Bartell, QFC begin pharmacy immunization project

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Retailers lead off NACDS effort to test vaccination models

SEATTLE — Bartell Drugs and QFC Pharmacy, the pharmacy arm of Kroger Co.’s QFC Stores supermarket chain, have launched projects to test models for pharmacy-provided immunizations.

As part of a National Association of Chain Drug Stores initiative announced in late July, Bartell and QFC are partnering with the University of Washington School of Pharmacy (UWSOP) and the Washington State Health Care Authority to demonstrate health care collaborations that improve immunizations rates via pharmacy-administered vaccinations, such as for flu, pneumonia, whooping cough and shingles.

Bartell Drugs pharmacy_Bellevue VillageSpecifically, the pharmacy retailers, UWSOP and the state health authority will develop and implement a value-based payment model for immunizations for a targeted population, recorded in the state registry. The models will feature methods for sharing immunization information among the participating health plans or health systems, accountable care organizations, community pharmacies and patients.

“Bartell Drugs has been a regional leader in promoting and providing convenient, affordable access to immunizations, and this project will further our ability to reach more audiences in need of immunization,” Billy Chow, vice president of pharmacy operations and clinical services at Bartell, said in a statement.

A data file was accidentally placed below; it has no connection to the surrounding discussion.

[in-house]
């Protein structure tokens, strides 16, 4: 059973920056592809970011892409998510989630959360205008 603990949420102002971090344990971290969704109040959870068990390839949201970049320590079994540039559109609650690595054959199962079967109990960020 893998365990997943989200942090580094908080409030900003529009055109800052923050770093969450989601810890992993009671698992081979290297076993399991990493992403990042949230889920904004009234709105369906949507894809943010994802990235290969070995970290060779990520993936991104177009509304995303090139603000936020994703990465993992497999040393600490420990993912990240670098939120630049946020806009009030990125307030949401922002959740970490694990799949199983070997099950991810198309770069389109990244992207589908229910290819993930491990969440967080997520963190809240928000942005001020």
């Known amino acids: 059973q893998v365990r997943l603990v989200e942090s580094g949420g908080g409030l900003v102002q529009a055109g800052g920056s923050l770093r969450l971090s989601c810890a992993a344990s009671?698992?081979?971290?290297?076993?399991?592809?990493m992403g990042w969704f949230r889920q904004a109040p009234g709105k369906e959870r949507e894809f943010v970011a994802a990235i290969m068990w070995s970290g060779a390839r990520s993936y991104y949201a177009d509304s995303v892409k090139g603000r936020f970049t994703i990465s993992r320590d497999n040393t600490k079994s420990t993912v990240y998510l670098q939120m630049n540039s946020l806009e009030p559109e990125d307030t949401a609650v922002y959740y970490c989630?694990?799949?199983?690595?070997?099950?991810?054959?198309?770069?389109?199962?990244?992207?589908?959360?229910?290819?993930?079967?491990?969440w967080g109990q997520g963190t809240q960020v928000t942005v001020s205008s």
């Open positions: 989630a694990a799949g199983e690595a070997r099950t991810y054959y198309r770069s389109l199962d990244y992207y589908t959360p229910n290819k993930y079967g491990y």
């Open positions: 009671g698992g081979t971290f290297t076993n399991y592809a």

Under the projects, the teams also will work with public health agencies to improve pandemic vaccine preparedness.

“We are thrilled to continue to improve the shopping experience and add convenience for our patients through this NACDS project,” stated Chuck Paulsen, pharmacy merchandiser for QFC Stores. “The increased awareness and transparency of community-based [immunizations] will further our mission of improving the health of our patients and local communities we serve.”

UWSOP faculty have advocated for expanding the health care role of pharmacists, including practice innovations such as pharmacy-provided vaccines. The pharmacy college said the NACDS project brings together faculty researchers and practitioners, who will tap into the school’s broad base of knowledge in patient care best practices, ranging from pandemic health to on-site coaching.

“We are excited about this demonstration project that brings together top community pharmacy providers and faculty from the School of Pharmacy with expertise in implementation science and population health,” commented professor Sean Sullivan, dean of UWSOP. “This project will build on our legacy of improving community access to pharmacist-administered vaccinations and evaluating the impact of these important services on population health outcomes.”

The Bartell-QFC-UWSOP project is one of three stemming from an $800,000 grant to NACDS from the Centers for Disease Control and Prevention (CDC). The other two projects team Hy-Vee with the University of Nebraska Medical Center, the Nebraska Health Network and the University of Iowa Health Alliance, and Giant Eagle with the University of Pittsburgh and the University of Pittsburgh Health Plan.

NACDS has contributed an additional $300,000 to the CDC grant to execute the demonstration projects, which will run for a 13-month period starting this month.

Increasingly, pharmacists are recognized as the front line of health care in communities, according to NACDS president and chief executive officer Steve Anderson. “Legislators and regulators at the federal and state levels often reference pharmacists’ success in promoting the necessity of vaccines and in increasing access to them,” he stated.


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